Versage English Tutoring Service
May 2015 Newsletter ©
How to Prepare for Phone Interviews
As a Business English tutor in New York, I often help students prepare for job interviews. Sometimes my students are doing their first job interviews in English. This newsletter focuses on tips for preparing for phone interviews. In my June newsletter, I’ll give more tips for in-office interviews.
The telephone interview is usually the first step a company takes to “narrow” their selection of job candidates. That’s why it is called a screening interview. You need to pass this step and be selected for in-office interviews. It’s important to prepare for common questions.
“What is your visa status?” is often one of the first questions you will get after introductions. Even if this information is provided on your resume, the interviewer will ask. Have the necessary documents available in case you need to refer to them. The phone interviewer is often not the hiring manager who makes the final decision. The phone interviewer is usually a Human Resources (HR) staff person, or a lower-level manager familiar with the job requirements. They will ask specific questions to select the right job candidates. If the interviewer is from HR, he/she may not be able to discuss the specific details of the job. That will come later. Be positive – show your energy – answer questions but do not give long answers. The screening interviewer will ask for more detailed information if needed. You can check if more information is needed by asking “Would you like me to go into more detail?”
An important preparation step is to have an “elevator speech” prepared and ready if the interviewer asks you to describe your experience and job interests. The interviewer may ask the common question “Tell me about yourself”. The elevator speech is your own short introduction to the interviewer. You talk about yourself, your education, why you are interested in the job and the specific skills you have that show what value you can offer to the hiring company. If English is your second or third language, preparing and practicing your speech is really important. You want to be able to do it naturally, don’t read it. A well-organized “elevator speech” creates a strong first impression that can be very important in getting selected for the next step, an in-office interview.
If you search Google or YouTube using ‘elevator Speech’ you’ll find many examples and tips to organize and prepare your “elevator speech”. Here are some examples:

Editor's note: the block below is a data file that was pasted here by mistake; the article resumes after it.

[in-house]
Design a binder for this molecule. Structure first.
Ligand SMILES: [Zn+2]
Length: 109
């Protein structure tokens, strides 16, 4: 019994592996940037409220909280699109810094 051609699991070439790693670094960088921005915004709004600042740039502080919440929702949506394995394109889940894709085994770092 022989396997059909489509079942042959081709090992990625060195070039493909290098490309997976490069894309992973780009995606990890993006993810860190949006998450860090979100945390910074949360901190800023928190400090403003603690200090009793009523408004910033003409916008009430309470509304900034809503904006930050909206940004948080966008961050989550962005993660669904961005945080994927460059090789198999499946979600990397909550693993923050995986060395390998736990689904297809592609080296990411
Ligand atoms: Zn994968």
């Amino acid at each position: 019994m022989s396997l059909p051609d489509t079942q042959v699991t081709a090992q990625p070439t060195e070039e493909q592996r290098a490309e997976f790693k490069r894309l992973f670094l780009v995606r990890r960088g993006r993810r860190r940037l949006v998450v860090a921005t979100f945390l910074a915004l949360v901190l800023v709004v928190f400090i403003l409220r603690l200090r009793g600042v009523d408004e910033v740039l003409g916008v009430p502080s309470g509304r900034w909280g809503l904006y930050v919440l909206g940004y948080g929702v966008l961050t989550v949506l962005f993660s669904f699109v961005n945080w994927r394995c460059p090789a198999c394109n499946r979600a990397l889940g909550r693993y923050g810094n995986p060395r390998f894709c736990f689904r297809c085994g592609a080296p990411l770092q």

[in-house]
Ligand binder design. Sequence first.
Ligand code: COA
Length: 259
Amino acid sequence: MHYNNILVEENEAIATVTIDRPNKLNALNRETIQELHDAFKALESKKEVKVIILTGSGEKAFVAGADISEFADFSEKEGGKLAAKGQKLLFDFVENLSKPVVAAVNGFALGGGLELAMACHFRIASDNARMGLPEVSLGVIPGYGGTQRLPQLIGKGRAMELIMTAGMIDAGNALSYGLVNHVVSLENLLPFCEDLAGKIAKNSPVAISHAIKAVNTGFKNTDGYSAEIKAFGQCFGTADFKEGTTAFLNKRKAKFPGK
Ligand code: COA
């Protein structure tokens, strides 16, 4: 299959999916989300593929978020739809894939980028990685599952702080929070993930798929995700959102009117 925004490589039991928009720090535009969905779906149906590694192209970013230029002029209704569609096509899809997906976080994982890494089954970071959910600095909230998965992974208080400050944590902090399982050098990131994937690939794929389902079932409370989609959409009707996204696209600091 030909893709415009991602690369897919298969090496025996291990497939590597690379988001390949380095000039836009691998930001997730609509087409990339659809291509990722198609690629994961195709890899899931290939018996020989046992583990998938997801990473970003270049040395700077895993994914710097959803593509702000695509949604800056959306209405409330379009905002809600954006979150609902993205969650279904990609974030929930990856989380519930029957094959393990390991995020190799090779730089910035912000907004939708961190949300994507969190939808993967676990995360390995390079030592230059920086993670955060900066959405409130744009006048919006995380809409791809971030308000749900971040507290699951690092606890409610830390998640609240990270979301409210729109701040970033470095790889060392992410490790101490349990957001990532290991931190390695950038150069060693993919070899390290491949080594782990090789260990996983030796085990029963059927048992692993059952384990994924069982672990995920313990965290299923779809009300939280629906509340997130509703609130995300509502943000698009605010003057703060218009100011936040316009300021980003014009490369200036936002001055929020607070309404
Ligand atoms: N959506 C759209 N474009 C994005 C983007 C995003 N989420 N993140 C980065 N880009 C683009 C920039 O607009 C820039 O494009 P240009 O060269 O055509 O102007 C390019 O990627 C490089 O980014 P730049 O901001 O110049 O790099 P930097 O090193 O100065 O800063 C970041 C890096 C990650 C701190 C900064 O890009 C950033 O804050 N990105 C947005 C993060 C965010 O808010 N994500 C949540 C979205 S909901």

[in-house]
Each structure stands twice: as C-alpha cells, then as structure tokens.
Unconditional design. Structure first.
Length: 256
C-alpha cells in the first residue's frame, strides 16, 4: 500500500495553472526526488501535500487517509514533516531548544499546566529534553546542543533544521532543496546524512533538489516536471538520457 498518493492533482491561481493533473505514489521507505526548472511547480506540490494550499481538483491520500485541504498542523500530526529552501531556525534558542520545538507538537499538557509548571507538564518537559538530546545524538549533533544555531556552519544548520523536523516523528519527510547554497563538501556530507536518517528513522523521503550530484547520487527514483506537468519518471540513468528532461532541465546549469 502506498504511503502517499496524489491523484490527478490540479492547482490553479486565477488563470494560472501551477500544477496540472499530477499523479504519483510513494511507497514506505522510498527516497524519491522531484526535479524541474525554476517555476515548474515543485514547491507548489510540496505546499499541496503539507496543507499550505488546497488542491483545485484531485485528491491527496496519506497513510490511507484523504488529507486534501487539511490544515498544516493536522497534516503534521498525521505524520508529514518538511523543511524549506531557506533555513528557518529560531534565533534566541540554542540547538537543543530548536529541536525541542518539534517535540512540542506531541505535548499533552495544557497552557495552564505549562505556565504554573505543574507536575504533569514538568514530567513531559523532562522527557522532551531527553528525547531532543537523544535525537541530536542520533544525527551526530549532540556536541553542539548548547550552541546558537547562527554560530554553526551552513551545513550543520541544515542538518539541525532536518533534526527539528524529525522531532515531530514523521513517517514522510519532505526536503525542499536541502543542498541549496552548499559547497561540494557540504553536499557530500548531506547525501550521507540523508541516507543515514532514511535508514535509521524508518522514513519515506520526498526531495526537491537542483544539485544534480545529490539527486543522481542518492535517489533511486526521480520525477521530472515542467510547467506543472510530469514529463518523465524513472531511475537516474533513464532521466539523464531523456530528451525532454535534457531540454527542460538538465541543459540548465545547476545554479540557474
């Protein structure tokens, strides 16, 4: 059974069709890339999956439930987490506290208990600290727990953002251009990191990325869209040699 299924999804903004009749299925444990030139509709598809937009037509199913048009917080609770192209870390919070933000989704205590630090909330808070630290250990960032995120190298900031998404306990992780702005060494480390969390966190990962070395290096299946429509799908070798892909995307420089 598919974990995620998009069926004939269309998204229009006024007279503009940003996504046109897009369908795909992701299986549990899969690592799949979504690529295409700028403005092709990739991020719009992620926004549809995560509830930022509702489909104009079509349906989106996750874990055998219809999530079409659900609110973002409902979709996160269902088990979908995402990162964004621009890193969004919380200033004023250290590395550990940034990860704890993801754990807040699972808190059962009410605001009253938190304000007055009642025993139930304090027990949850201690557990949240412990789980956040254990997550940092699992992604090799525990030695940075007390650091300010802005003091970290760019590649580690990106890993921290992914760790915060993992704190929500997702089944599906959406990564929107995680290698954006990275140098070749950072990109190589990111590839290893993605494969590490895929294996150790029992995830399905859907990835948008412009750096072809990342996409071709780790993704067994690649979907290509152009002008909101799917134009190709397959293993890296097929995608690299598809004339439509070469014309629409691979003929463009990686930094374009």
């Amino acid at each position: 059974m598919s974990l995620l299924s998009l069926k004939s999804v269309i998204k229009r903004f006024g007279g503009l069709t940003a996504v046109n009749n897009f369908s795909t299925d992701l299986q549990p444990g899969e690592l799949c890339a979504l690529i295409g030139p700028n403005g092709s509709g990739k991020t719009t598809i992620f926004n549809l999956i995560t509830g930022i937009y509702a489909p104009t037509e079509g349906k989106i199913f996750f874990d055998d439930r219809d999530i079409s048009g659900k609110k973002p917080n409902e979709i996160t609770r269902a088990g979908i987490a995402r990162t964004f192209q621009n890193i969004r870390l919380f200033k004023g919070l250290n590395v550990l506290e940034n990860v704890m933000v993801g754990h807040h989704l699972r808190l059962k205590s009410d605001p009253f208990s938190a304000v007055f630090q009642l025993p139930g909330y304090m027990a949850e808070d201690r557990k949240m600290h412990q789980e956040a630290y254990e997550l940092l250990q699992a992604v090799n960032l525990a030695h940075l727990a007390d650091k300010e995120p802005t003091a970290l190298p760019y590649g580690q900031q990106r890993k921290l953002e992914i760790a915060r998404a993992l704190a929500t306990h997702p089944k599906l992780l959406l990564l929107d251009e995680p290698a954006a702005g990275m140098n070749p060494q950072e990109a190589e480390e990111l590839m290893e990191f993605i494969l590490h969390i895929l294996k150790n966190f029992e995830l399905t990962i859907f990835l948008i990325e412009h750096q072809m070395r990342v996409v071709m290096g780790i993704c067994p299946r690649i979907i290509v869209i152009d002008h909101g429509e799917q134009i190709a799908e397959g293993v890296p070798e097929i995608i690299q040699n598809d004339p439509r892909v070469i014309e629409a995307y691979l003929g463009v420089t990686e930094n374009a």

http://sfp.ucdavis.edu/files/163926.pdf (downloadable PDF with instructions),
https://www.youtube.com/watch?v=dJMhMDKZmq8 (very good tips, audio only).
First, review the job description carefully and make a list of questions for the phone interviewer. Think about what skills you have that are the best match for the job description and make notes about specific experience you have that you can mention during the phone interview.
Be prepared for these questions:
- why did you apply for this job?
- what do you know about our company? (Prepare before the
interview,use internet search – Google News is a good source
for recent business article). Look for news about company expansion, mergers, new products/services, financial results, etc.).
- if you have a job and are looking for a new one – why are you looking for a new job?
- if you left a job – why did you leave your last job?
- what are your strengths/weaknesses? For strengths, describe your skills and experience that fit the job description (industry/sales experience, managing staff, bookkeeping software, Word, Excel, PowerPoint. For weaknesses, avoid making a negative statement like “I don’t handle pressure well”. If you do give a weakness, always provide a positive statement that shows how you are trying to improve.
There are many interview resources (Google, YouTube and Bing) that give advice for answering these questions.
Questions to Ask the Interviewer
- if the job description is not clear, ask the interviewer “what are the most important skills required to be successful in this position?” Listen carefully and give examples of how your experience and skills meet the job requirements.
- if you have done research on the company (and you should), you will be able to ask some excellent questions. Keep those questions positive. For example, asking about expansion plans, new company technologies, what the key initiatives are for the current year, etc.
- Of course, ask what the next steps are, but do not make this your first question for the interviewer. If the answer is a few weeks, ask if you can call the interviewer (in 1-2 weeks) to check on the status.
Make sure that you get the name and email of the interviewer, so you can follow up with a “thank you” email. Do this within 24 hours. Treat the phone interview the same as you would an in-office interview.
Further resources on this topic:
See this link for great tips to prepare for difficult interview questions. For example,
“Tell me about a challenge that you faced in your last job and what you did to meet that challenge?”.
In my next newsletter, I will provide some tips to prepare for in-office job interviews. Your comments are appreciated and please share this blog post with others if you liked it!